Alessandro Nesta was Cannavaro's national team mate in the centre of defence and they were a formiddable force in the major tournaments from 2000-2004, however in 2006 Nesta was injured and missed out on the sides success. Injuries would curtail much of his career, and there is an argument that Nesta could have been better than all those before him. Yet his class cannot be faulted and after a successful decade with Milan, he has finally retired from the top levels of the game, pursuing a career possibly in the MLS.
Players like Baresi, Maldini, Nesta and Cannavaro have graced the football world and tought many players, coaches and children the beauty and art of defending. Others like Costacurta, Tassotti and Zambrotta have been excellent also, yet as we see Nesta and Cannavaro leave the elite levels of the game, Italy looks to be entering an era devoid of real world class quality in defence, perhaps it is only Chiellini who is a possible heir to the players of the past twenty years. The famous trequartista
Italian football has not just produced world class defenders, it has also produced some of the world's best attacking players also. In 1994 Roberto Baggio missed the decisive penalty to give Brasil the World Cup win, however this failing should not overshadow what a great player Baggio was. His move to Juve in 1990 made him the world record transfer fee and he repaid that fee by captaining the side to a UEFA Cup triumph in 1993.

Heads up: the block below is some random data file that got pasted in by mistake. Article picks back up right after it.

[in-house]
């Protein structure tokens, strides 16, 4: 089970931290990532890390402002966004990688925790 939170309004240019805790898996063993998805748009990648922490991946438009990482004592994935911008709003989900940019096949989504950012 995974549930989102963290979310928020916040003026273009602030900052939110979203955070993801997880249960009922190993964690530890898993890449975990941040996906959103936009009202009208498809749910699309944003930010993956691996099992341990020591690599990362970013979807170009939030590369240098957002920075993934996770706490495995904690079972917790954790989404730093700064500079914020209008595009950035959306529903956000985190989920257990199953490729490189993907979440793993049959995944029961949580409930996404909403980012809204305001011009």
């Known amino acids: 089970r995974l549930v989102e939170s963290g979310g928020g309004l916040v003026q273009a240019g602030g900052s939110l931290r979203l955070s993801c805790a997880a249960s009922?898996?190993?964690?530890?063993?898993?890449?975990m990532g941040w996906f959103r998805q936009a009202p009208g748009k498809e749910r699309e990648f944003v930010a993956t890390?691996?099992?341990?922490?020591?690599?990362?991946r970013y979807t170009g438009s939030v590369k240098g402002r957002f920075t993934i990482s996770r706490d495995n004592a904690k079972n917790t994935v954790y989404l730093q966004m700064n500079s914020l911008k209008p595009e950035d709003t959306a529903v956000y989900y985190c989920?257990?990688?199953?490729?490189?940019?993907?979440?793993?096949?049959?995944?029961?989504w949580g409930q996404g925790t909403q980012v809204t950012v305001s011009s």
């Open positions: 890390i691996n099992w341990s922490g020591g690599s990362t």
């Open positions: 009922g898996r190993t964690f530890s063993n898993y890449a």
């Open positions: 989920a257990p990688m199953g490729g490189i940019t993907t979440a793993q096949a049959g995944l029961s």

Baggio is considered one of Italy’s greatest and most loved players of all time and epitomizes the splendour of the number 10. Baggio was a player who epitomized the trequartista, he was an artist, was the playmaker, who could both assist and also score goals too. He only won the Scudetto twice, with Juve and Milan and perhaps his career should have been more decorated, yet his style, charisma and ability on the pitch made him one of the best of his generation. He is the only Italian player to score in three World Cups and has scored a total of 9 goals in those three tournaments. Baggio, like Baresi, would set down a style of playing which would produce many like him afterwards, as such it was his gift to the footballing world.
Baggio's successor would be Alessandro Del Piero, a player who perhaps amazingly still somewhat under rated in world football. Del Piero has been world class since his arrival for Juve in 1993. He played 513 games for Juve, scoring 208 goals and has been an inspiration and leader for Juve. His decision to stay with Juve when they were relegated in 2006 showed the respect he had for the club and the fans and his decision helped Juve get back to the top division straight away.